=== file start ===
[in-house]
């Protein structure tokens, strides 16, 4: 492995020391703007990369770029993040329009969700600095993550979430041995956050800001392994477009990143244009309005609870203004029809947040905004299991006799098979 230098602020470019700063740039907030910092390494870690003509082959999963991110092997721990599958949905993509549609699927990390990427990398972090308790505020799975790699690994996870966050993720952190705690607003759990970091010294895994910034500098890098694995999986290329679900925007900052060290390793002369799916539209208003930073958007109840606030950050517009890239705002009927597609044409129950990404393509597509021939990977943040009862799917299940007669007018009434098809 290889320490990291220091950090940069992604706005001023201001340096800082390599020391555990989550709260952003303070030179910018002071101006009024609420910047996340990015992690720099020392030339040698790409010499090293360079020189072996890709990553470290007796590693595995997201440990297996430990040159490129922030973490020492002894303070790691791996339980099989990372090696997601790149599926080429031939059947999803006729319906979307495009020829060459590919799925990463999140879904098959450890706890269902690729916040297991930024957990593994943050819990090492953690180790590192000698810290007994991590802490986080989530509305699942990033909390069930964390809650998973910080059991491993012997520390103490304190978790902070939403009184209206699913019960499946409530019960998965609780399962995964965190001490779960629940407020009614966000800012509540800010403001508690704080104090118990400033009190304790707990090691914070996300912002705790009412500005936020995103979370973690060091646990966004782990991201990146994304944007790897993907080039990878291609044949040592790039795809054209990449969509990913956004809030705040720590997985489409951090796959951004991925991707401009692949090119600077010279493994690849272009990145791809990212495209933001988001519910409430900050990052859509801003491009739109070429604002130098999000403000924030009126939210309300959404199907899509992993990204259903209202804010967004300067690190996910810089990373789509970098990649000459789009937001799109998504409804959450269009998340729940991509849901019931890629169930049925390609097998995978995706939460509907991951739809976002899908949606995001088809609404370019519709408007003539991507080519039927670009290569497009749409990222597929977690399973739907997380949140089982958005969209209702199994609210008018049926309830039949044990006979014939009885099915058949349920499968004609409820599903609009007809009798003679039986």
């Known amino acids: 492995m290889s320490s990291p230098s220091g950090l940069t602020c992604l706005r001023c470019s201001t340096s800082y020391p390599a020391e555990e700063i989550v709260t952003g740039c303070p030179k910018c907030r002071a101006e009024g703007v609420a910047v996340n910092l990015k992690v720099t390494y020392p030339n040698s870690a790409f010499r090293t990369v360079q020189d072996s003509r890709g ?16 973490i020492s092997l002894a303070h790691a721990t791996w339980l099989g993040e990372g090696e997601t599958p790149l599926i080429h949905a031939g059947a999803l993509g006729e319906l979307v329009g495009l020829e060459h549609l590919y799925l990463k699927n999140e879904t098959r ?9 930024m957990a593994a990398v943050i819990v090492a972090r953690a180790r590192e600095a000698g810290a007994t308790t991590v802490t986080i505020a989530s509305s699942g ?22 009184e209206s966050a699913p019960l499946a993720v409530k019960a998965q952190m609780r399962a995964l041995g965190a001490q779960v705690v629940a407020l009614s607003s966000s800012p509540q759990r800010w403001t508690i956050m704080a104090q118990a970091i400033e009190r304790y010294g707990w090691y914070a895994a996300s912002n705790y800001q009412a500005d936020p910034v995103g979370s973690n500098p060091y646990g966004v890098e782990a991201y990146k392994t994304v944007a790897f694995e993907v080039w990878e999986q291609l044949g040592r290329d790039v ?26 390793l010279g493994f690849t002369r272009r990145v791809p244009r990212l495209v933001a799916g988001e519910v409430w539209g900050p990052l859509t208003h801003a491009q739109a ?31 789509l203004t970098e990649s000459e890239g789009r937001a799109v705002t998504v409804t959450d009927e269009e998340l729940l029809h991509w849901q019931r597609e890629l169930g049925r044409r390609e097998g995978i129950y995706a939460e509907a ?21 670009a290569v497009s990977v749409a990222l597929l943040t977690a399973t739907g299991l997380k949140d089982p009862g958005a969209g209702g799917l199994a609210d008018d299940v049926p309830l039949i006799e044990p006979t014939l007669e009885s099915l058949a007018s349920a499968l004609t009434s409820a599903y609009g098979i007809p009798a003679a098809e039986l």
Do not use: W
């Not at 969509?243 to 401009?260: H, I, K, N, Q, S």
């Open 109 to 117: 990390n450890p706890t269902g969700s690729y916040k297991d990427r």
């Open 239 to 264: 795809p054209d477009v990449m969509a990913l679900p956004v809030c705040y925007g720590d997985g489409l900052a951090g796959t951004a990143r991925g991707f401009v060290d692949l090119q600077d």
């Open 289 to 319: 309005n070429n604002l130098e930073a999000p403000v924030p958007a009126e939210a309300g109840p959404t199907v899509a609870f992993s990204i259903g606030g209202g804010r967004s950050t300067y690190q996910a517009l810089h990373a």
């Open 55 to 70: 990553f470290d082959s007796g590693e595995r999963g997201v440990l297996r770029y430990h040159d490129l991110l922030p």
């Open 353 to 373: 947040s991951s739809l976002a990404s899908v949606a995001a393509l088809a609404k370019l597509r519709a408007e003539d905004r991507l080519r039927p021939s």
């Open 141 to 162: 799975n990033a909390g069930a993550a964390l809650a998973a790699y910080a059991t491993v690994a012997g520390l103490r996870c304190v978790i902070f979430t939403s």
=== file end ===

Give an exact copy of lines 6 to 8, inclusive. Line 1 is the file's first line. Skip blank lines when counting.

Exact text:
């Open 109 to 117: 990390n450890p706890t269902g969700s690729y916040k297991d990427r």
């Open 239 to 264: 795809p054209d477009v990449m969509a990913l679900p956004v809030c705040y925007g720590d997985g489409l900052a951090g796959t951004a990143r991925g991707f401009v060290d692949l090119q600077d």
């Open 289 to 319: 309005n070429n604002l130098e930073a999000p403000v924030p958007a009126e939210a309300g109840p959404t199907v899509a609870f992993s990204i259903g606030g209202g804010r967004s950050t300067y690190q996910a517009l810089h990373a």